Thousands of Maryland residents are expected to remain without power this morning, and many school systems will be closed, after a weekend storm dumped more than 20 inches of snow in some communities by early yesterday.
The wet, dense snow - in quantities that varied widely across Central Maryland - toppled trees and mangled shrubbery as the powerful storm raced to the northeast to paralyze New York and much of New England.
At least 150,000 Baltimore Gas and Electric Co. customers lost power yesterday, and thousands were expected to still be in the dark today - more than half of them in Anne Arundel County, where officials set up an emergency shelter last night.
"At this point, we believe there will be customers who will not have their power until late Tuesday night," said BGE spokesman Robert L. Gould.
State police said the snow might have been a factor in at least one highway accident that claimed the life of a Cecil County woman driving north yesterday morning on Interstate 95 near North East.
Meteorologists called it one of the top 20 snowstorms in Maryland's history, with Baltimore-Washington International Thurgood Marshall Airport reporting 13.1 inches, and Columbia and Randallstown each socked with more than 20 inches, according to the National Weather Service.
"This storm was a significant snowfall event," said David Manning, a meteorologist with the regional National Weather Service office in Sterling, Va.
It set a snowfall record at BWI - at least for Feb. 12 - in topping the 6 inches that fell in 1979.
Officials announced that public schools would be closed today in Baltimore and in Anne Arundel, Baltimore, Cecil, Harford, Howard, Montgomery and Prince George's counties because of the snow. Several other systems announced they would have delayed openings, and others had not announced decisions.
But for many, the wintry weather wasn't a serious inconvenience yesterday. Without a rush-hour commute to contend with, crews were able to plow roads more efficiently, and a ban on nonemergency traffic on state highways was lifted by 9 a.m., officials said.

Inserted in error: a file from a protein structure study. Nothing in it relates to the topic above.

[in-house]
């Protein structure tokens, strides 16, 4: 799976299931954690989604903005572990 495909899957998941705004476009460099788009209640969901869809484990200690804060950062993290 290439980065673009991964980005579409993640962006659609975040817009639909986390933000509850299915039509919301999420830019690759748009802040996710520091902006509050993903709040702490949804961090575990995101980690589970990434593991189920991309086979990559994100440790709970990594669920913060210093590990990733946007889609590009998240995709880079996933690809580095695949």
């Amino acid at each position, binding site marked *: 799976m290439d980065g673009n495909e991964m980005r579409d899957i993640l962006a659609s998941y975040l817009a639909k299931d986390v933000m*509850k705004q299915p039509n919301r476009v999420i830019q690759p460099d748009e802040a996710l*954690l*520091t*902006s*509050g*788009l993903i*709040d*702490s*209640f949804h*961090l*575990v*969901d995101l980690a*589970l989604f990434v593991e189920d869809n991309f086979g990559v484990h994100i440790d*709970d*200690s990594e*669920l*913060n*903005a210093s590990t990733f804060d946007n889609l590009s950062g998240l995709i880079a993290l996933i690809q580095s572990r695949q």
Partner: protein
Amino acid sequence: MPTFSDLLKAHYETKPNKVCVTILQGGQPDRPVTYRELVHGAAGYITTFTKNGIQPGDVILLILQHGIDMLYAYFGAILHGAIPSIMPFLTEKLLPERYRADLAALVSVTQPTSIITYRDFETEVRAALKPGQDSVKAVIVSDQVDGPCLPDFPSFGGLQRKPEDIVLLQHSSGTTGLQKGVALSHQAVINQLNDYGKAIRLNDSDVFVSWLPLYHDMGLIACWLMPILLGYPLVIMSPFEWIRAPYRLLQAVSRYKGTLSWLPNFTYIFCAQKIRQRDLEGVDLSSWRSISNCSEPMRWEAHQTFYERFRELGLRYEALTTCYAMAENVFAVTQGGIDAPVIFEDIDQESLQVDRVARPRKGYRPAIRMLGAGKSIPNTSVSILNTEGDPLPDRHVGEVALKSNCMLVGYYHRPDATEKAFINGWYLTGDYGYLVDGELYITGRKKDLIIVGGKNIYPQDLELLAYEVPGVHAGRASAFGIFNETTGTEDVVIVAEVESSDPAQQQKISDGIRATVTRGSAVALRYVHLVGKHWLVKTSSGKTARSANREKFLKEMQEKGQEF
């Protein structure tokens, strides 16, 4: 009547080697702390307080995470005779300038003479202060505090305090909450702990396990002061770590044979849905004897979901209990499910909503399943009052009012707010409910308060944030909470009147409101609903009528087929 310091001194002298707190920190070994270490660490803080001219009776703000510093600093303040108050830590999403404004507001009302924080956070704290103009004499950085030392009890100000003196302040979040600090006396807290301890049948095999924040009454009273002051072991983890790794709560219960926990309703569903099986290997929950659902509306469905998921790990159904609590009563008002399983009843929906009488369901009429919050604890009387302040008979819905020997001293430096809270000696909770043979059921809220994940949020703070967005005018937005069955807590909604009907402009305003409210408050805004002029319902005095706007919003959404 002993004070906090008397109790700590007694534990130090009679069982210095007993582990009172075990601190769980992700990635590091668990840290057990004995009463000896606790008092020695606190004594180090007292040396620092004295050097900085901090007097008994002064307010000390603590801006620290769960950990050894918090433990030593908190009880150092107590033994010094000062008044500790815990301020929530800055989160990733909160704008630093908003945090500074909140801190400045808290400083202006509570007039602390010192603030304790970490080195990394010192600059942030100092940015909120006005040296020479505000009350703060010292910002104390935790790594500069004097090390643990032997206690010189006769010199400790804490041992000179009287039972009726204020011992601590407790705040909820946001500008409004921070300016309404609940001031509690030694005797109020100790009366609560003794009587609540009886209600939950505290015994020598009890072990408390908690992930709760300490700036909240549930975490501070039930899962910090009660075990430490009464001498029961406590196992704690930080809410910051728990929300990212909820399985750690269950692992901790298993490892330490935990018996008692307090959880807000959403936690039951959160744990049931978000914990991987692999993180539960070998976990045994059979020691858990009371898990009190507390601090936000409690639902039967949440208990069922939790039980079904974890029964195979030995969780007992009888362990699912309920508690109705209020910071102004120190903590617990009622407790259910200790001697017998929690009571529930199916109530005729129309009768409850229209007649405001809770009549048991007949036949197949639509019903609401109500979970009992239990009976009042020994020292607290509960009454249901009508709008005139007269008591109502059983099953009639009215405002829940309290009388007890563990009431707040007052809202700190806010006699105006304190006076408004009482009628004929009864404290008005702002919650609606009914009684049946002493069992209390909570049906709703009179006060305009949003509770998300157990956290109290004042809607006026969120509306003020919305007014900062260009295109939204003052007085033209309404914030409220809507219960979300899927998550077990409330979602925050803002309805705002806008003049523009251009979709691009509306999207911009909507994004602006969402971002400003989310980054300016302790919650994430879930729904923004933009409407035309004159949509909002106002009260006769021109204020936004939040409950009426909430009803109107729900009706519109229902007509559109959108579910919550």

"Turns out, there was no reason to stay in," said Sonny Leonardi, a 65-year-old Sykesville resident who along with his wife, Winnie, nearly canceled plans to attend the Motor Trend International Auto Show at the Baltimore Convention Center.
Instead - bucking the panic that often grips the region at the mere mention of snow - the two ventured out.
"We said, `What else are we going to do?'"
But while some were taking the storm in stride, thousands had no electricity. BGE crews struggled to remove branches - and in some cases, entire trees - that blocked access to downed power lines throughout the region.
In response, Anne Arundel County Executive Janet S. Owens activated an emergency operations center yesterday, and the county opened a shelter at the Earleigh Heights fire station on Ritchie Highway for people needing a warm place to stay.
Owens, who was without power herself, said about 60 cots had been set up at the fire station.
"We wanted to make available a centrally located place in case particularly young and elderly people need a safe haven," Owens said, adding, "We thought we had gotten through the winter with no major problems."
The storm brought an uneven cover to much of Central Maryland, with Baltimore reporting 13 1/2 to 15 inches, Columbia receiving 21.3 inches and other areas, such as Severna Park, coming up with about 10 1/2 inches, according to weather service reports.
The inconsistencies were caused by large swaths of especially heavy snowfall that meteorologists said are common in storms with rapidly deepening low-pressure systems. In some cases, they said, snow was so heavy that thunder was reported.
Snow began falling Saturday afternoon and continued into yesterday morning, ending a spell of unusually warm weather - including temperatures reaching the 60s - that had graced Baltimore and other East Coast cities for weeks. Temperatures today were expected to reach the upper 30s, under partly cloudy skies.
The snow - too wet to blow around - settled from its weight by afternoon into conditions ideal for building snow sculptures or whizzing downhill.
At Federal Hill Park, a group of students from the Peabody Institute packed together a ramp using snow and "borrowed" cafeteria trays, then trudged back up the hill to eye their handiwork.
Daniel Butman, 20, took a few steps back, then slid head-first down the slope on a toboggan, gaining speed before leveling out and hitting the ramp. Moments later, after crash-landing into soft snow, his head popped up. "It's much better!" he said of the slope.
At BWI, many early flights were canceled, but planes began departing on time in the afternoon, officials said. Most flights to the Northeast were canceled or delayed, including trips to harder-hit New York, Boston, Philadelphia and Newark, N.J., said airport spokesman Jonathan Dean.